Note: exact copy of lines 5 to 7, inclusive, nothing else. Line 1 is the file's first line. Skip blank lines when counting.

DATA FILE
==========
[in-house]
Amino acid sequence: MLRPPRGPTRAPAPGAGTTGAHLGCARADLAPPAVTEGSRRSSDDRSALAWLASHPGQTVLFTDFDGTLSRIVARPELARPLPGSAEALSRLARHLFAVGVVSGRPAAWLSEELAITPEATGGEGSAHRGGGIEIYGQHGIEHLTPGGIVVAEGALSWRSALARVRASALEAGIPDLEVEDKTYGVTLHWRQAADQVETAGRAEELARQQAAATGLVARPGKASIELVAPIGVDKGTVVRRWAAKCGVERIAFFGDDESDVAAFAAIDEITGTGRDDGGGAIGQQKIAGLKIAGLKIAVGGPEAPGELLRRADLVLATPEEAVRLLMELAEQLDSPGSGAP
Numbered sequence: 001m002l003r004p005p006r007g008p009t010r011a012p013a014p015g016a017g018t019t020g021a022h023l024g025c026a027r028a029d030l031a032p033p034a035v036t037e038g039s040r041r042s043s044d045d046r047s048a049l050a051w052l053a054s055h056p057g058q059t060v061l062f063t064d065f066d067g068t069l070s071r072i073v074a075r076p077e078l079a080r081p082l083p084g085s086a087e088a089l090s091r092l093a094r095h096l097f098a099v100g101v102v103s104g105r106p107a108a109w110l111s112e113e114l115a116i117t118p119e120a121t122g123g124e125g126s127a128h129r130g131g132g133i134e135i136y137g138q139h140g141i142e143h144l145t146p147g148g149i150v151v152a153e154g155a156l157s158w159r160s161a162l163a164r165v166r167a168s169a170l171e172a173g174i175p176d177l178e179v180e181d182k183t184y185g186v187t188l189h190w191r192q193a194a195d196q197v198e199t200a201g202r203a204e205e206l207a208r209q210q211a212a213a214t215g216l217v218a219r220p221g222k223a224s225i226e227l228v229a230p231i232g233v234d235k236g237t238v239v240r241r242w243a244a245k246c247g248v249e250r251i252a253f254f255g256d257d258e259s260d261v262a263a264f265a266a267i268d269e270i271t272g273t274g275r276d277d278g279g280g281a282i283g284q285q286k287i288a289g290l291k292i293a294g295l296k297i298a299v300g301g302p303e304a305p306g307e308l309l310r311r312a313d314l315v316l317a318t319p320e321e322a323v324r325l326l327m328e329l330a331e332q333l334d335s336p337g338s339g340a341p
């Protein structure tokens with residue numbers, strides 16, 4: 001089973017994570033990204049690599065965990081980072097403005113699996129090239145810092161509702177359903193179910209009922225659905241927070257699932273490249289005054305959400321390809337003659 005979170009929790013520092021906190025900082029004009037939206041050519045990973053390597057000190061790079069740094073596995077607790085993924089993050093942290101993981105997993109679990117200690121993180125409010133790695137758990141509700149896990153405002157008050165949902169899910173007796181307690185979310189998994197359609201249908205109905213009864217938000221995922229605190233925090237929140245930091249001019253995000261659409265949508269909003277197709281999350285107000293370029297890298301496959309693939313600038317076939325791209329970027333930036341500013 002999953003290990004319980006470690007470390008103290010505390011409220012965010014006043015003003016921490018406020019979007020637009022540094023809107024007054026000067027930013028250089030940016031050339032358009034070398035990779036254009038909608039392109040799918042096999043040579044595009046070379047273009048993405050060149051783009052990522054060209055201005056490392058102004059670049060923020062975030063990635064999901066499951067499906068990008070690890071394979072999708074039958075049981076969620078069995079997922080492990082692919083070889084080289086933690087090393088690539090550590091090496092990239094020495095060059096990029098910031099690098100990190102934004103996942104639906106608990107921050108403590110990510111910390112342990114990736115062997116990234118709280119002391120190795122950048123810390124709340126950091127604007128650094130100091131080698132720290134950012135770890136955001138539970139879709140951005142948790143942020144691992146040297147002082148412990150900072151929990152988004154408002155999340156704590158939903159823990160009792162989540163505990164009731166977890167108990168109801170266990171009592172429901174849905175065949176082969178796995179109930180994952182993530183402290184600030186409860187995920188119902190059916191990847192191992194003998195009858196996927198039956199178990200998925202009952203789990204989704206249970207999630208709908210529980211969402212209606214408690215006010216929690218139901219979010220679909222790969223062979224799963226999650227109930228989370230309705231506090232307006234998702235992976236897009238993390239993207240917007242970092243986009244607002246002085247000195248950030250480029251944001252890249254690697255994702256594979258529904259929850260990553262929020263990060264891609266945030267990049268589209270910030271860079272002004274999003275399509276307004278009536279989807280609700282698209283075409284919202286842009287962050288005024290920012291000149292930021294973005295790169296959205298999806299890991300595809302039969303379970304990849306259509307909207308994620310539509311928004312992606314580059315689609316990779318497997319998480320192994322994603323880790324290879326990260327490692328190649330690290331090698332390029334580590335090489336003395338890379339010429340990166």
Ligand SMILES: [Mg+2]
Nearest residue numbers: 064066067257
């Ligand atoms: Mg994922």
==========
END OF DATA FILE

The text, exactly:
Ligand SMILES: [Mg+2]
Nearest residue numbers: 064066067257
């Ligand atoms: Mg994922």